The Pre-Game.

Bill: Ok, we both have the book, and we're ready to get started! Here is a brief video of me smelling my copy:

Allana: The book itself has six sections - five "iterations" and a "modus" at the end. Thus, I'm thinking a larger section summary every five days, along with the weekly chats and all the posts in between. We should probably plan a big blowout at the end, huh.

Bill: How about we do the section summaries on Mondays and Fridays, so the schedule is something like:

Section summary posts on these days:
Iteration 1: 4/5/2010
Iteration 2: 4/9/2010
Iteration 3: 4/12/2010
Iteration 4: 4/16/2010
Iteration 5: 4/19/2010
Modus: 4/23/2010

Weekly chat posts (like this one, but more interesting!) on Wednesdays:
Chat 1: 4/7/2010
Chat 2: 4/14/2010
Chat 3: 4/21/2010
Chat 4: 4/28/2010 (this one takes place after we've finished the book)

Anyone who might be reading along with us, that might serve as a framework for our team pacing through the book.

Any other posts fall around those whenever we have something.

Allana: I'm glad I went through with those Known Issues things, unpleasant an exercise as they may have been. I've got the sort of feeling that comes after a long phone conversation with my well-intentioned-but-pushy Catholic aunt, when she thinks she's consoling me. First comes the list of the great dangers and worries the world has in store for me, all the things I shouldn't do, won't like, have to keep on guard for. Then there's the unavoidable conclusion - "But if you ask the Lord to guide you, there won't be any problems at all. He's just waiting to be asked."
Finally, I'm ready to do all the things I've been warned against.

Bill: For my part, I'm just excited to be reading a science fiction novel of substance alongside someone else. I'm not one generally for book clubs (though I did run a physics based one for a time) as they tend to gravitate toward books I'm just not interested in. But reading in a conversational vacuum can get old. The Whitechapel book threads are cool up to a point, but people rarely engage around a particular book for more than a post or two. I haven't done much real concentrated reading with peers since graduating college, and it was something I really enjoyed.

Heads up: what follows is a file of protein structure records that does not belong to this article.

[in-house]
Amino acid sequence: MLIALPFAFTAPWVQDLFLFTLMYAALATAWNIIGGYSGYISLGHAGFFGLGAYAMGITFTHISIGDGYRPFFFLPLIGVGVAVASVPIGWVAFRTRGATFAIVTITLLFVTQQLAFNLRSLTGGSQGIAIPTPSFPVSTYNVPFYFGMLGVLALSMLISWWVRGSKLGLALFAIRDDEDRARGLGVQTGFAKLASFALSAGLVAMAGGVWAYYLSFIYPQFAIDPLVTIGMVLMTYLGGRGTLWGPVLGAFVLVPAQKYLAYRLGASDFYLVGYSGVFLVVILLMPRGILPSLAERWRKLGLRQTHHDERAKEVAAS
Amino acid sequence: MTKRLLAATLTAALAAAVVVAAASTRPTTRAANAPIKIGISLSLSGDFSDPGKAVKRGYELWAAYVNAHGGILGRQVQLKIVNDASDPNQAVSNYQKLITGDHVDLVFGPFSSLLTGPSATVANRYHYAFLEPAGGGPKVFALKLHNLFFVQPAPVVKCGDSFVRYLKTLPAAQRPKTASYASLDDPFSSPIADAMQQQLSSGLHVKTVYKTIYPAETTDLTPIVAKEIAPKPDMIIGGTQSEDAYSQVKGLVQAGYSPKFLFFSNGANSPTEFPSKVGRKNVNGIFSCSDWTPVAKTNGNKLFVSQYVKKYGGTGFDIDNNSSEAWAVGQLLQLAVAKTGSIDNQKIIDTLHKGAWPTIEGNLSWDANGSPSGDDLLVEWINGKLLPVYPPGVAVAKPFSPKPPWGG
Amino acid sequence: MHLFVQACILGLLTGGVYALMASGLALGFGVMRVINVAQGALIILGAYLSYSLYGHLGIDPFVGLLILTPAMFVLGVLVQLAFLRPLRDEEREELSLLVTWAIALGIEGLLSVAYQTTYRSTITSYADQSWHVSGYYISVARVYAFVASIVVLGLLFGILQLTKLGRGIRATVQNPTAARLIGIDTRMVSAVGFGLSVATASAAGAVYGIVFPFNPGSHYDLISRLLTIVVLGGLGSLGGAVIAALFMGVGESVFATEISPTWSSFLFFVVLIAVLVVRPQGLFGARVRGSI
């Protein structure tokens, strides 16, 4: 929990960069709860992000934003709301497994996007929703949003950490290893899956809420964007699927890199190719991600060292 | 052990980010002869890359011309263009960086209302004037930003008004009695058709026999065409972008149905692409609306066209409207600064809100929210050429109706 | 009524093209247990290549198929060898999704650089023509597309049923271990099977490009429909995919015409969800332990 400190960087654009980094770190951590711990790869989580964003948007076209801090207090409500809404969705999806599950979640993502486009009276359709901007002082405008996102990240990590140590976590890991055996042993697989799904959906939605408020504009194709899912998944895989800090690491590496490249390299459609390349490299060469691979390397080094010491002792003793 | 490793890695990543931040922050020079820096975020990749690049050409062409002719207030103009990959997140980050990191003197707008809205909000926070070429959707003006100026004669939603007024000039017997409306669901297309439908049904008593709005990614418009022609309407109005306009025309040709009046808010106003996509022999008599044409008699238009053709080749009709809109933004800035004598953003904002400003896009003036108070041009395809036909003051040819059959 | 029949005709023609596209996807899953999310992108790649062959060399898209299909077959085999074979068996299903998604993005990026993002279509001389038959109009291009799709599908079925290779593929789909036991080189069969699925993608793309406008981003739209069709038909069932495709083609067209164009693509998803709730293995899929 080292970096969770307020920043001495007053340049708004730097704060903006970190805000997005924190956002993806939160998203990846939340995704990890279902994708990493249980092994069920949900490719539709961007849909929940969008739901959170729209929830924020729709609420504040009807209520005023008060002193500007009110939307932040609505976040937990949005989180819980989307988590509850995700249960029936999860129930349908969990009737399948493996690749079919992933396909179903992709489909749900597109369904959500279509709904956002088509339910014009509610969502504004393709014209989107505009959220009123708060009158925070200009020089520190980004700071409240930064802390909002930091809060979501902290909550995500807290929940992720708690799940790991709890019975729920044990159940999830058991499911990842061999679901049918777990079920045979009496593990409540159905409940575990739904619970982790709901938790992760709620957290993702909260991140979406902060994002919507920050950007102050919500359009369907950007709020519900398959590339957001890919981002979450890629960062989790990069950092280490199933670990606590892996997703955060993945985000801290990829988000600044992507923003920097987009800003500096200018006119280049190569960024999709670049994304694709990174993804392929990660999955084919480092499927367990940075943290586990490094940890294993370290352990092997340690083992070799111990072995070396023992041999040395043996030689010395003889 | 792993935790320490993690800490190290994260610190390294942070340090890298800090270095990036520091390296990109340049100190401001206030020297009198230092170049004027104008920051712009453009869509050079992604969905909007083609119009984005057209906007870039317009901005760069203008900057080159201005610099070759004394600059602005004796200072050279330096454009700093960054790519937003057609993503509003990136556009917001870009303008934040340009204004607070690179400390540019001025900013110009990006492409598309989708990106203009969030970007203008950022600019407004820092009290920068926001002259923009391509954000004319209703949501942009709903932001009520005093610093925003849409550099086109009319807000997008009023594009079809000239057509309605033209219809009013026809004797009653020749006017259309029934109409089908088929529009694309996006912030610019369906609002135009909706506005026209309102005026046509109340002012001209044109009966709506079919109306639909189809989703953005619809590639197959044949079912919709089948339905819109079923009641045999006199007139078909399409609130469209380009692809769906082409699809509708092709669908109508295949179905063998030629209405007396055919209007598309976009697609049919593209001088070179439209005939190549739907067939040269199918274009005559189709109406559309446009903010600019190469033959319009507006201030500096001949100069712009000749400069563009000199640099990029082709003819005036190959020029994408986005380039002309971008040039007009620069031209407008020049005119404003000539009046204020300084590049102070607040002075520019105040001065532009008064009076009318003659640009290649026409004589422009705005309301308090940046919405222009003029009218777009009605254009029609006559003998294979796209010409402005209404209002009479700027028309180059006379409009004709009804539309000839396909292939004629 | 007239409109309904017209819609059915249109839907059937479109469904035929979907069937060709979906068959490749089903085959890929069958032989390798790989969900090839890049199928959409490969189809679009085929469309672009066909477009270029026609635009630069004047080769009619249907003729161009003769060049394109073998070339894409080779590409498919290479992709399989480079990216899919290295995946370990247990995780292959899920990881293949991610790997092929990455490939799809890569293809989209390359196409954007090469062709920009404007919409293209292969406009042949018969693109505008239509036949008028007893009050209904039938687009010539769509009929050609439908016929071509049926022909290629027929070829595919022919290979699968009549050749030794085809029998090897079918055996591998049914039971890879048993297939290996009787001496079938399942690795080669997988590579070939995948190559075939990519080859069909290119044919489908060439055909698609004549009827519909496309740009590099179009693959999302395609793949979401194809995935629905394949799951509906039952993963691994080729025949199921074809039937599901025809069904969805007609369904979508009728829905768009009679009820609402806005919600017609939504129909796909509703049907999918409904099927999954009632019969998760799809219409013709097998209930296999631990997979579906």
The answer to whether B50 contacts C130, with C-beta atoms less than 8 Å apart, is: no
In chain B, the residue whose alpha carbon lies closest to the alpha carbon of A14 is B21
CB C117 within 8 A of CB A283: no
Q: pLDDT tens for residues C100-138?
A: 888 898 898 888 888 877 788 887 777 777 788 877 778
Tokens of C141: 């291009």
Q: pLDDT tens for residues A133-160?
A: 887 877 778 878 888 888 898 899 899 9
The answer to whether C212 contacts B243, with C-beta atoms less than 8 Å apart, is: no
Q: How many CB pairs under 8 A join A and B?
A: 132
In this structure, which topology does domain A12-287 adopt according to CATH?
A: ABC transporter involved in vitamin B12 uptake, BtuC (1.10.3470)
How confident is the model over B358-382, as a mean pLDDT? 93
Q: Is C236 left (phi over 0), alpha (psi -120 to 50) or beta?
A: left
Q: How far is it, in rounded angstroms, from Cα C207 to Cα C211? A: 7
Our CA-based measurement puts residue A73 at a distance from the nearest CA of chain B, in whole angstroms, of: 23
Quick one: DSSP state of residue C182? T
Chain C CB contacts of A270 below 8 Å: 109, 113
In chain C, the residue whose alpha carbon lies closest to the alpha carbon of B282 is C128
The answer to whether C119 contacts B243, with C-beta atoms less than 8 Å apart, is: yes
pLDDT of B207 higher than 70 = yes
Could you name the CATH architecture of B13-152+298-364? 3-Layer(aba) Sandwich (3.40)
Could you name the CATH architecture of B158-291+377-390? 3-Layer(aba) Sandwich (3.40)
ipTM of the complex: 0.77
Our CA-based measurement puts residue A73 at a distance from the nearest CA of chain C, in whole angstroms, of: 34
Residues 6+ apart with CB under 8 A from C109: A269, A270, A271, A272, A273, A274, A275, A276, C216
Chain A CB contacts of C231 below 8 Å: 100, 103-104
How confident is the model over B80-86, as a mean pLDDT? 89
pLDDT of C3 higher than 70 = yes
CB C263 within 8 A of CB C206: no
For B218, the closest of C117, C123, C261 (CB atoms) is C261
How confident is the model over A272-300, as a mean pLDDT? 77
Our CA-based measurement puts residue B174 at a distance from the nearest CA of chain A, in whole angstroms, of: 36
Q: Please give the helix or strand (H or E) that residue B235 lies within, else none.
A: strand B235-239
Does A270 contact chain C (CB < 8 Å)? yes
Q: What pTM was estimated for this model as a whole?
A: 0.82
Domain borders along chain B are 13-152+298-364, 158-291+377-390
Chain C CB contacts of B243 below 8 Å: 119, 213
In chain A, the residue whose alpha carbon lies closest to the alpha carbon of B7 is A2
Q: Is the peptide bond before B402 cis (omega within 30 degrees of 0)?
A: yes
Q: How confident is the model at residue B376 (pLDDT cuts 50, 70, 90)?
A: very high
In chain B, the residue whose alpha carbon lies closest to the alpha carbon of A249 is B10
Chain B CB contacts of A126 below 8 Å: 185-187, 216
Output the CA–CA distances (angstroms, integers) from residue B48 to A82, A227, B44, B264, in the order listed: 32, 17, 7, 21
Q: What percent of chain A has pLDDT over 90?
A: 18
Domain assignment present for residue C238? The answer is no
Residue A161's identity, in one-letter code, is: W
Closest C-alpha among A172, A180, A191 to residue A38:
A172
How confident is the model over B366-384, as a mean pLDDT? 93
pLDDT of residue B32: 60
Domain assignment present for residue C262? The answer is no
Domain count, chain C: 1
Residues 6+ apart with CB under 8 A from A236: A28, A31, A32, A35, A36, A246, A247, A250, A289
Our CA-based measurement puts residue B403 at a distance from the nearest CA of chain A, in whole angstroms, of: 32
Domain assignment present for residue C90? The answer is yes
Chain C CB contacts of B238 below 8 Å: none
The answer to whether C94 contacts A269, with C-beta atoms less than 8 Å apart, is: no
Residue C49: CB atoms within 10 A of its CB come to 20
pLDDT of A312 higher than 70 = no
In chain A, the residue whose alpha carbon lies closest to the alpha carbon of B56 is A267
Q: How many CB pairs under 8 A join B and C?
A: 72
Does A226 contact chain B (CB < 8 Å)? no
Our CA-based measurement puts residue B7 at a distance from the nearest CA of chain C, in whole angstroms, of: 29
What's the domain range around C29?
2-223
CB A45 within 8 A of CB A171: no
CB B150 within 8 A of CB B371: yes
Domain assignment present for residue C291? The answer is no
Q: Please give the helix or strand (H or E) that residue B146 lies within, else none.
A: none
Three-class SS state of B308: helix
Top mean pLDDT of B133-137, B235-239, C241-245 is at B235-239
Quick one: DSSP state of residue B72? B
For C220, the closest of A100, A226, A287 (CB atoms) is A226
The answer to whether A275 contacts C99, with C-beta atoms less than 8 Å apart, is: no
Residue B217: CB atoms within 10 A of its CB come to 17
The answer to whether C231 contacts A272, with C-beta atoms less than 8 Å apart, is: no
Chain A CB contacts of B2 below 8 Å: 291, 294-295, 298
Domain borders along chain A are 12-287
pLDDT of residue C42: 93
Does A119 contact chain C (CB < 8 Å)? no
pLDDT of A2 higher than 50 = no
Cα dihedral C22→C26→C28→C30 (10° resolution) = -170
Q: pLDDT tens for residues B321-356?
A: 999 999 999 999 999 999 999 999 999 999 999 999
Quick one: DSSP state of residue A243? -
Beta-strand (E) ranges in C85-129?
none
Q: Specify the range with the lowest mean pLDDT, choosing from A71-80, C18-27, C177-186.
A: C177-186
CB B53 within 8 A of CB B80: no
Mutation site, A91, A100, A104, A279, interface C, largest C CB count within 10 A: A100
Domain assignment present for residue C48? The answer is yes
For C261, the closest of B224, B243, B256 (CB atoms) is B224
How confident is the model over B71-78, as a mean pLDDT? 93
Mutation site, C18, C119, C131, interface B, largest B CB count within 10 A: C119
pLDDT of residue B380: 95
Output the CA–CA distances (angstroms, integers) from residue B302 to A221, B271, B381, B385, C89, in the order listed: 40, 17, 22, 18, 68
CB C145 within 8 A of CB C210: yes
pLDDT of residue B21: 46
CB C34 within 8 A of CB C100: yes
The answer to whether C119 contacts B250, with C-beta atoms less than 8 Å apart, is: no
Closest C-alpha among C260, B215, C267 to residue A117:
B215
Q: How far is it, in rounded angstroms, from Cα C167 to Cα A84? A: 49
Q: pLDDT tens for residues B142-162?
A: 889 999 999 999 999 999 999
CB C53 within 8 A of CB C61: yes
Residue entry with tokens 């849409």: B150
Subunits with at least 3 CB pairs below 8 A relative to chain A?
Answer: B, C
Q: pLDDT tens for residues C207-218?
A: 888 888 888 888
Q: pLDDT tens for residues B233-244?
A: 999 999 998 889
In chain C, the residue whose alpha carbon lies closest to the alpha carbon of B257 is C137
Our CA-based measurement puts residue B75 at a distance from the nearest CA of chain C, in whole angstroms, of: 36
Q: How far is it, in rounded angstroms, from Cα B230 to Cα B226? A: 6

The Angel of Goliad.

Okay, so, I didn't start reading early - I swear, Bill! - but I did peek inside the book while waiting for the all-clear signal. The title of the first "iteration" of The Difference Engine is "The Angel of Goliad." What's Goliad, you ask? Okay, that's what I asked. Anyways. It's a town in Texas. The only thing it seems to have going for it is a pretty sad-looking massacre in 1836. (No, really.)

Now, being Canadian and thus oblivious to all those dirty little political skirmishes my neighbours down south still hold grudges over, I didn't actually know that Mexico tried to invade Texas. It's not exactly something you'd expect -- what's so interesting about Texas? (Other than that every single town claims to be a different "capital of the world" - cowboy, live music, pecan? Leap Year?! Killer Bee! I guess it's not the worst marketing strategy I've ever seen. But it is pretty atrocious.)

Trust the Mexicans not to be killin' Yankees for the sake of killin' Yankees. Goliad is where the first declaration of independence for the Republic of Texas was signed - the Americans had actually captured it from the Mexicans a year earlier than the Massacre, and held it up until that point. In March of '36, the Mexicans reclaimed it and did a rather ungentlemanly thing: they declared all the surrendered prisoners "pirates" and slaughtered them. Not cool, Mexico.

Then there was a bit of back-and-forthing until the Texan army won the Battle of San Jacinto and drove the Mexicans back. Thus was the Lone Star State - err, Republic -- born.